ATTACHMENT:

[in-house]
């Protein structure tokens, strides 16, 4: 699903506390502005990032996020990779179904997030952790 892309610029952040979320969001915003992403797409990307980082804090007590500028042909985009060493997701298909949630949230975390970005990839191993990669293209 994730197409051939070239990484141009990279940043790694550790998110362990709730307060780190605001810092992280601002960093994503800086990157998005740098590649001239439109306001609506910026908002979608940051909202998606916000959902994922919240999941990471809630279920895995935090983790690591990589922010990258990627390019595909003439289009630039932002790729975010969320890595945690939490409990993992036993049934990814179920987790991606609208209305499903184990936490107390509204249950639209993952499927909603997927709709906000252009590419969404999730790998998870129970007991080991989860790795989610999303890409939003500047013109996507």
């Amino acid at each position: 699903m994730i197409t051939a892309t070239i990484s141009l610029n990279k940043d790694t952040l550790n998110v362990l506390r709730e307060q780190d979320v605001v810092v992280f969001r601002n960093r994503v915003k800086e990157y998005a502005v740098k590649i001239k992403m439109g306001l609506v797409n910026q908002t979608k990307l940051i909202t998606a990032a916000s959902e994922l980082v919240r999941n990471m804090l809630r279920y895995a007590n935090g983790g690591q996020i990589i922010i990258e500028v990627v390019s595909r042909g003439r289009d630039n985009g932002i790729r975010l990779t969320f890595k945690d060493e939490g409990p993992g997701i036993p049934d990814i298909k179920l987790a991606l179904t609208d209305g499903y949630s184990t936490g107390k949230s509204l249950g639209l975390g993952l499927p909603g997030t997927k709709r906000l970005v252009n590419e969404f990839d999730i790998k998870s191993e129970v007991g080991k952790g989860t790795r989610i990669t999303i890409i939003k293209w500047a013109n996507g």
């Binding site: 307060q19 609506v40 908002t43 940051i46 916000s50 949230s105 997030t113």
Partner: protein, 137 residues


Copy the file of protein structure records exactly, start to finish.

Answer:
[in-house]
């Protein structure tokens, strides 16, 4: 699903506390502005990032996020990779179904997030952790 892309610029952040979320969001915003992403797409990307980082804090007590500028042909985009060493997701298909949630949230975390970005990839191993990669293209 994730197409051939070239990484141009990279940043790694550790998110362990709730307060780190605001810092992280601002960093994503800086990157998005740098590649001239439109306001609506910026908002979608940051909202998606916000959902994922919240999941990471809630279920895995935090983790690591990589922010990258990627390019595909003439289009630039932002790729975010969320890595945690939490409990993992036993049934990814179920987790991606609208209305499903184990936490107390509204249950639209993952499927909603997927709709906000252009590419969404999730790998998870129970007991080991989860790795989610999303890409939003500047013109996507």
């Amino acid at each position: 699903m994730i197409t051939a892309t070239i990484s141009l610029n990279k940043d790694t952040l550790n998110v362990l506390r709730e307060q780190d979320v605001v810092v992280f969001r601002n960093r994503v915003k800086e990157y998005a502005v740098k590649i001239k992403m439109g306001l609506v797409n910026q908002t979608k990307l940051i909202t998606a990032a916000s959902e994922l980082v919240r999941n990471m804090l809630r279920y895995a007590n935090g983790g690591q996020i990589i922010i990258e500028v990627v390019s595909r042909g003439r289009d630039n985009g932002i790729r975010l990779t969320f890595k945690d060493e939490g409990p993992g997701i036993p049934d990814i298909k179920l987790a991606l179904t609208d209305g499903y949630s184990t936490g107390k949230s509204l249950g639209l975390g993952l499927p909603g997030t997927k709709r906000l970005v252009n590419e969404f990839d999730i790998k998870s191993e129970v007991g080991k952790g989860t790795r989610i990669t999303i890409i939003k293209w500047a013109n996507g």
């Binding site: 307060q19 609506v40 908002t43 940051i46 916000s50 949230s105 997030t113």
Partner: protein, 137 residues